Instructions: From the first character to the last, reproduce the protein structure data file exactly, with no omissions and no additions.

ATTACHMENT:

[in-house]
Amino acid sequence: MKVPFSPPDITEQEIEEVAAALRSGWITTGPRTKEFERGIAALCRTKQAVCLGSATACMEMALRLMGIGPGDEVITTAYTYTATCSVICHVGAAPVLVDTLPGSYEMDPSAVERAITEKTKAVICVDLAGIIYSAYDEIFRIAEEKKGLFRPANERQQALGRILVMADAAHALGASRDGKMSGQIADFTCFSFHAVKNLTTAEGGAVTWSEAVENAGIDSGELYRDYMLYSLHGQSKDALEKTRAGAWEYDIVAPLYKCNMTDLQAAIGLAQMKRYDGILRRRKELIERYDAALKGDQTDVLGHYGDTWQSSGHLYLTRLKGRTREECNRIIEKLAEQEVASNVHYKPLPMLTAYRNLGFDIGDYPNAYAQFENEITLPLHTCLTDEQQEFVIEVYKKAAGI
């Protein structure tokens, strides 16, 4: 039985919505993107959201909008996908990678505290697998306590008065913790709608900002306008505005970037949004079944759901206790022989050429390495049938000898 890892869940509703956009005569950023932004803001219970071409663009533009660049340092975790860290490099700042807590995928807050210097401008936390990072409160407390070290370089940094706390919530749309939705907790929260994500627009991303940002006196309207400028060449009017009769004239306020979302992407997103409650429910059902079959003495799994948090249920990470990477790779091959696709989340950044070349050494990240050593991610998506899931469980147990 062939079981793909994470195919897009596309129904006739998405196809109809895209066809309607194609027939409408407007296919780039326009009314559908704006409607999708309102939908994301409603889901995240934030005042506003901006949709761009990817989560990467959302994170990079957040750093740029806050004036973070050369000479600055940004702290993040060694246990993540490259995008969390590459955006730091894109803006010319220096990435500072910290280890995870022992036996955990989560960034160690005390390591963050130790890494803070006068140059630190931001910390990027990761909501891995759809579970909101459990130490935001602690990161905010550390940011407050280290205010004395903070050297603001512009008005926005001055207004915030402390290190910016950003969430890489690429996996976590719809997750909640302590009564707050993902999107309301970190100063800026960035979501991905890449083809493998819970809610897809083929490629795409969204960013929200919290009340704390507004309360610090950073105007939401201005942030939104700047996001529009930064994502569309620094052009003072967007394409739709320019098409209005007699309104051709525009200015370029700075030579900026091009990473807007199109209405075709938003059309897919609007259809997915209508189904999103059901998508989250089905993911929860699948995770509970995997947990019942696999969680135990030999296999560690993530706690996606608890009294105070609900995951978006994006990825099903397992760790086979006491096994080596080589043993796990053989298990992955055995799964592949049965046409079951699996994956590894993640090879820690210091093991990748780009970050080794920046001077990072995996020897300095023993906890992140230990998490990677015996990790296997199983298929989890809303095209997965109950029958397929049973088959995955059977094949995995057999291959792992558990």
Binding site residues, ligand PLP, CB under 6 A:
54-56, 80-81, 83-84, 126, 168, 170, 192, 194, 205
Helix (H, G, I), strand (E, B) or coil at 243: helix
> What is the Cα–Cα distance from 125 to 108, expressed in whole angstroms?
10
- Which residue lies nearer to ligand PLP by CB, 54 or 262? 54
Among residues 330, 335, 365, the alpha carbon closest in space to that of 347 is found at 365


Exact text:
[in-house]
Amino acid sequence: MKVPFSPPDITEQEIEEVAAALRSGWITTGPRTKEFERGIAALCRTKQAVCLGSATACMEMALRLMGIGPGDEVITTAYTYTATCSVICHVGAAPVLVDTLPGSYEMDPSAVERAITEKTKAVICVDLAGIIYSAYDEIFRIAEEKKGLFRPANERQQALGRILVMADAAHALGASRDGKMSGQIADFTCFSFHAVKNLTTAEGGAVTWSEAVENAGIDSGELYRDYMLYSLHGQSKDALEKTRAGAWEYDIVAPLYKCNMTDLQAAIGLAQMKRYDGILRRRKELIERYDAALKGDQTDVLGHYGDTWQSSGHLYLTRLKGRTREECNRIIEKLAEQEVASNVHYKPLPMLTAYRNLGFDIGDYPNAYAQFENEITLPLHTCLTDEQQEFVIEVYKKAAGI
């Protein structure tokens, strides 16, 4: 039985919505993107959201909008996908990678505290697998306590008065913790709608900002306008505005970037949004079944759901206790022989050429390495049938000898 890892869940509703956009005569950023932004803001219970071409663009533009660049340092975790860290490099700042807590995928807050210097401008936390990072409160407390070290370089940094706390919530749309939705907790929260994500627009991303940002006196309207400028060449009017009769004239306020979302992407997103409650429910059902079959003495799994948090249920990470990477790779091959696709989340950044070349050494990240050593991610998506899931469980147990 062939079981793909994470195919897009596309129904006739998405196809109809895209066809309607194609027939409408407007296919780039326009009314559908704006409607999708309102939908994301409603889901995240934030005042506003901006949709761009990817989560990467959302994170990079957040750093740029806050004036973070050369000479600055940004702290993040060694246990993540490259995008969390590459955006730091894109803006010319220096990435500072910290280890995870022992036996955990989560960034160690005390390591963050130790890494803070006068140059630190931001910390990027990761909501891995759809579970909101459990130490935001602690990161905010550390940011407050280290205010004395903070050297603001512009008005926005001055207004915030402390290190910016950003969430890489690429996996976590719809997750909640302590009564707050993902999107309301970190100063800026960035979501991905890449083809493998819970809610897809083929490629795409969204960013929200919290009340704390507004309360610090950073105007939401201005942030939104700047996001529009930064994502569309620094052009003072967007394409739709320019098409209005007699309104051709525009200015370029700075030579900026091009990473807007199109209405075709938003059309897919609007259809997915209508189904999103059901998508989250089905993911929860699948995770509970995997947990019942696999969680135990030999296999560690993530706690996606608890009294105070609900995951978006994006990825099903397992760790086979006491096994080596080589043993796990053989298990992955055995799964592949049965046409079951699996994956590894993640090879820690210091093991990748780009970050080794920046001077990072995996020897300095023993906890992140230990998490990677015996990790296997199983298929989890809303095209997965109950029958397929049973088959995955059977094949995995057999291959792992558990």
Binding site residues, ligand PLP, CB under 6 A:
54-56, 80-81, 83-84, 126, 168, 170, 192, 194, 205
Helix (H, G, I), strand (E, B) or coil at 243: helix
> What is the Cα–Cα distance from 125 to 108, expressed in whole angstroms?
10
- Which residue lies nearer to ligand PLP by CB, 54 or 262? 54
Among residues 330, 335, 365, the alpha carbon closest in space to that of 347 is found at 365